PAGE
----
I had thought this was going to be the 100th movie reviewed on The Legionnaire. As it turned out, that was Real Genius. Oh well. While there is certainly no comparing the mastery of Star Wars: Episode V – The Empire Strikes Back (commonly The Empire Strikes Back) to the delightful comedy of Real Genius, there is no erasing the internet. So much for grand plans. So The Empire Strikes will be the 101st film to appear on The Legionnaire. And as I had alluded to before, this is my favorite movie of all time.
When I discussed Star Wars: Episode IX – The Rise of Skywalker, I indicated then my love of Star Wars. Some might say it is an obsession, but I am going to stick with just being a super-fan. It was with the original trilogy that my love of these films was born. When I would get home from school as a young lad, and (admittedly) while shunning homework, I would pop into the VCR the tapes. Yes, the tapes. I must have wore those things out because by the time I got to high school, I would play the entirety of the films in my head when I was not paying attention in class, complete with dialog.
The Empire Strikes Back, believe it or not, was not directed by George Lucas. Thanks to Red Letter Media and the awfulness of the prequel trilogy, I have come to see the brainchild behind my favorite cinematic franchise as a bit of a hack. Instead, the second of the series to be released was directed by Irvin Kershner. Store that one in your memory banks for whenever you are again able to participate in bar trivia. While Star Wars: Episode IV – A New Hope was a technically flawless movie, if you watch any of the dozens of making-of specials about it, you will see that the proto-Star Wars was saved in editing from being a complete disaster. It does not appear that Kershner had the same struggles.
I do not believe I have to rehash the plot of The Empire Strikes Back. Or Star Wars in general. But here is a quick(ish) recap: Luke Skywalker (Mark Hamill) and the Rebel Alliance are being chased by the Empire, the latter’s forces led by the villain of all cinema villains, Darth Vader (its complicated, but played by David Prowse and voiced by James Earl Jones). Luke goes to Dagobah to train as a Jedi with Yoda (also kind of complicated, but basically Frank Oz, who, by the way, briefly appears in The Blues Brothers). Meanwhile, Leia Organa (Carrie Fisher), Han Solo (Harrison Ford), Chewbacca (Peter Mayhew), and C-3PO (Anthony Daniels) end up on the tibanna (my spell-checker wanted to change that to Rihanna, unfortunately) gas mining colony of Bespin, run by Lando Calrissian (Billy Dee Williams). There the Empire catches up with them and Vader sets a trap that Skywalker conveniently walks into. During their subsequent duel, the big reveal comes that Darth Vader is actually Anakin Skywalker, Luke’s father.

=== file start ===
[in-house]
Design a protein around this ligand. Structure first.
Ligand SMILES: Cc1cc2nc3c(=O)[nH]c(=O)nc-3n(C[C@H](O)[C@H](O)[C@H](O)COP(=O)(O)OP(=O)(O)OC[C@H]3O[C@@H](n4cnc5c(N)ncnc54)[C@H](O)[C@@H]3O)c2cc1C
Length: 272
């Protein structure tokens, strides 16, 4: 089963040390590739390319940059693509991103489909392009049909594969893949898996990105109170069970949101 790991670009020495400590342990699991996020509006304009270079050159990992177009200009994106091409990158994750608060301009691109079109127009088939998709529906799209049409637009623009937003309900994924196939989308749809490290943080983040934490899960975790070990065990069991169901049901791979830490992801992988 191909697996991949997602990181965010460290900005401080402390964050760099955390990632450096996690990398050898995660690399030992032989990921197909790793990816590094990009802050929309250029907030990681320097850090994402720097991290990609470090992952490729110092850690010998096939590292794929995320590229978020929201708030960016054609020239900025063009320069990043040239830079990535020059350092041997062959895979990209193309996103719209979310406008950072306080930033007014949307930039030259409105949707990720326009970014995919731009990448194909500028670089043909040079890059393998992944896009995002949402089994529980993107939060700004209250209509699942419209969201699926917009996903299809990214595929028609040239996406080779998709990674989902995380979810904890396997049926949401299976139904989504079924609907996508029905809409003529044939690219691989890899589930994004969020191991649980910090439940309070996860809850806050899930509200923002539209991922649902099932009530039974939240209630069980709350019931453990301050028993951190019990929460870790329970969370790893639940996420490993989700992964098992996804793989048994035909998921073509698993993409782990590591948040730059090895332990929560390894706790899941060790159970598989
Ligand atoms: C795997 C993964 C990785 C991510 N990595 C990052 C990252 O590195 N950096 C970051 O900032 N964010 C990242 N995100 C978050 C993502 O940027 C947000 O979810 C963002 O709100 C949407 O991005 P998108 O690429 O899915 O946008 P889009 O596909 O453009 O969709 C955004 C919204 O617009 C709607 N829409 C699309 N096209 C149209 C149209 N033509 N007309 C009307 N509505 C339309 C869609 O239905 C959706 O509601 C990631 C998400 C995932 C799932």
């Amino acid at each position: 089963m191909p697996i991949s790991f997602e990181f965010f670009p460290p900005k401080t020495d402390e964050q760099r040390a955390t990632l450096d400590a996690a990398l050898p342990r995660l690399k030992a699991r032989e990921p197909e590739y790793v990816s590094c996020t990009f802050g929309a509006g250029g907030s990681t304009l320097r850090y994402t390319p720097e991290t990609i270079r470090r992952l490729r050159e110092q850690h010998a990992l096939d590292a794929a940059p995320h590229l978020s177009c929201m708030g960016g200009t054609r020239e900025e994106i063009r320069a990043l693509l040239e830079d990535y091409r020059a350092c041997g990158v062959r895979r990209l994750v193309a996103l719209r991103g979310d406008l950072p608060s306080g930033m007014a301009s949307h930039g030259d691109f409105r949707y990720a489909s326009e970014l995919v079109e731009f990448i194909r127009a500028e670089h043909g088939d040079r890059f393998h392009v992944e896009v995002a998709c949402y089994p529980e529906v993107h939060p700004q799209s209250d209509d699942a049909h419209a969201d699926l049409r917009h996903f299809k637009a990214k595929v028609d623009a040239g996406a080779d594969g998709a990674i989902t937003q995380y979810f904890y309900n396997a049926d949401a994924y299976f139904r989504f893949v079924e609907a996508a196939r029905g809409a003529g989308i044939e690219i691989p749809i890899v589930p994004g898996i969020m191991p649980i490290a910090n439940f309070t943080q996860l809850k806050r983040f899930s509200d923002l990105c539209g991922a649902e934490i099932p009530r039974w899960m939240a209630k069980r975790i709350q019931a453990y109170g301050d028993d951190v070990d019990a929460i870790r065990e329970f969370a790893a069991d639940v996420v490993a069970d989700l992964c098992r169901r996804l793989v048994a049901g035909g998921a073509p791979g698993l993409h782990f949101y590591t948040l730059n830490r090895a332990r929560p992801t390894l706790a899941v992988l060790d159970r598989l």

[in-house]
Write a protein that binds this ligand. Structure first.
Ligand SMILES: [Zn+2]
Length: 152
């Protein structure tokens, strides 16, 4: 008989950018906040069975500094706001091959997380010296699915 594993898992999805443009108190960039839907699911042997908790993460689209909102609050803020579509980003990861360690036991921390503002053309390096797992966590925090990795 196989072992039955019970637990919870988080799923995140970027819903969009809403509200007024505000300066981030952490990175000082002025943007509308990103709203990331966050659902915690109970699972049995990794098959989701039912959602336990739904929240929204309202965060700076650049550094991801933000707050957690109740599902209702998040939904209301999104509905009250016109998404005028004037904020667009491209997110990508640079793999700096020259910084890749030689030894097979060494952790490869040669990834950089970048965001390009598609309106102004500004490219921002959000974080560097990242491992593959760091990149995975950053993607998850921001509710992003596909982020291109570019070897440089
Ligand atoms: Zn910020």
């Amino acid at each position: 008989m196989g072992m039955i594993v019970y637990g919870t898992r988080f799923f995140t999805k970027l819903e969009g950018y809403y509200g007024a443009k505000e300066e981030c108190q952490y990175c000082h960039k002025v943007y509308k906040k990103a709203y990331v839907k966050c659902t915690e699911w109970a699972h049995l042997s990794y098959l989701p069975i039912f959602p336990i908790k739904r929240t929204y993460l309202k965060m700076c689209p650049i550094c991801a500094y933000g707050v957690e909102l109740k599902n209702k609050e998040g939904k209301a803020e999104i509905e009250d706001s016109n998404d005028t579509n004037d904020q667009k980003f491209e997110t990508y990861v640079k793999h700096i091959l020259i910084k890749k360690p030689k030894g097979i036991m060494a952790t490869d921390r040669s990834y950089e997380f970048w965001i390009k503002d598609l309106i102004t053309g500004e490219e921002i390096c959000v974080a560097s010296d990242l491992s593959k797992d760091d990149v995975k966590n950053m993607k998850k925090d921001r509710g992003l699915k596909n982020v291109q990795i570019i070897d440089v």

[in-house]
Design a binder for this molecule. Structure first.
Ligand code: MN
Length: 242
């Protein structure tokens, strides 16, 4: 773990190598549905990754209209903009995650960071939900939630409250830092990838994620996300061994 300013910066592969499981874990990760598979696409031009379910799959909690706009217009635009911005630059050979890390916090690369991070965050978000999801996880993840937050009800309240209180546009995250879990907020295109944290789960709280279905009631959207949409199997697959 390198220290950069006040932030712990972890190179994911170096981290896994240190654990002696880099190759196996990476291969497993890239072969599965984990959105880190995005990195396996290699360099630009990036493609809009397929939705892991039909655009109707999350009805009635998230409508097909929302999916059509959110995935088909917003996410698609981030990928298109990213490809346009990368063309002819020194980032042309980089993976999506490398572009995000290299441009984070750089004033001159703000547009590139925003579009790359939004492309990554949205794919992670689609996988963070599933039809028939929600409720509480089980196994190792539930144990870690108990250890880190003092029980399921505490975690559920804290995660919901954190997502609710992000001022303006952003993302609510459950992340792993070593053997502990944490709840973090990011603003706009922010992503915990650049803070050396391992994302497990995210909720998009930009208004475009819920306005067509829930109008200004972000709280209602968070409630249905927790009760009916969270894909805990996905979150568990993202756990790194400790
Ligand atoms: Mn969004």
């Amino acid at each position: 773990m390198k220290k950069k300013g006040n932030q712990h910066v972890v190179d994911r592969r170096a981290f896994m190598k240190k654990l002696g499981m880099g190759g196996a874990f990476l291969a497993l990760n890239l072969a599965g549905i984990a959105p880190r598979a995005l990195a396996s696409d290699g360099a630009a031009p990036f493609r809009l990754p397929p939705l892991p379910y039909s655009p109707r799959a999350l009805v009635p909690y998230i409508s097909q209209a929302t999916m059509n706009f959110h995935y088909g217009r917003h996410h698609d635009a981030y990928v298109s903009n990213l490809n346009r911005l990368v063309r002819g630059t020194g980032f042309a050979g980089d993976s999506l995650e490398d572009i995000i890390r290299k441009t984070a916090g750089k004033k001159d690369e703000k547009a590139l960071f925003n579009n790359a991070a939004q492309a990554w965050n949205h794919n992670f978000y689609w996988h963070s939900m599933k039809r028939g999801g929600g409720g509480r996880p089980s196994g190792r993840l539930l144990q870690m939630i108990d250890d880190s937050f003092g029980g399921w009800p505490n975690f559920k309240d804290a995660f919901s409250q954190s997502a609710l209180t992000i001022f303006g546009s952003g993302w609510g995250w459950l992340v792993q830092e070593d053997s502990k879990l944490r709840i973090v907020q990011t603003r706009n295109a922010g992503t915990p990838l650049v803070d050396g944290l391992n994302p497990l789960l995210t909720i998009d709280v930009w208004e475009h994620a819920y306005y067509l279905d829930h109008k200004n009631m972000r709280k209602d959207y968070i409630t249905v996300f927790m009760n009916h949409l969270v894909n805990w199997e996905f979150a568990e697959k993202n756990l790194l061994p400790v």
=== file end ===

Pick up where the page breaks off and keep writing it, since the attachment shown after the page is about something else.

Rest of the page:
It is this last revelation that is probably The Empire Strikes Back enduring legacy. When it came out in 1980, fans were genuinely surprised when Vader told Luke the truth about the young man’s heritage. The cynic in me says that it would not have the same effect today, and given the way some people have tore apart the recent trilogy, it seems that I would be correct in my assessment. Still, I loved the sense of adventure in The Empire Strikes Back, even more so than its predecessor. The scenes of the Millennium Falcon corkscrewing through asteroid fields while evading laser blasts from Star Destroyers and TIE fighters captured my imagination at a very young age. As I got older, I found the middle installment of the original trilogy to be the more mature of the three. Yoda’s lessons on the how the Force worked and being a Jedi taught me much, philosophically, about being a good person in general. One of the lessons that resonated with me was in identifying the Dark Side, how it was “quicker, easier, more seductive.” Doing good is not always easy, but it is always right. That was how I interpreted it anyway. These notions dovetailed nicely when I began practicing my Faith again in my early twenties, and found resonance in moments like Jesus’ journey to Calvary.
If you have not seen The Empire Strikes Back, or any of the Star Wars movies, then what have you been doing with your life?! Kidding, but seriously watch them. They are movies where heroes are heroes, and villains are villains. But there is more than just a black and white, or Dark Side and Light Side, demarcation. For those who do not follow the right path, there is the opportunity for redemption, and that is something that should be celebrated. The Catholic Church celebrates that redemption during the Easter season.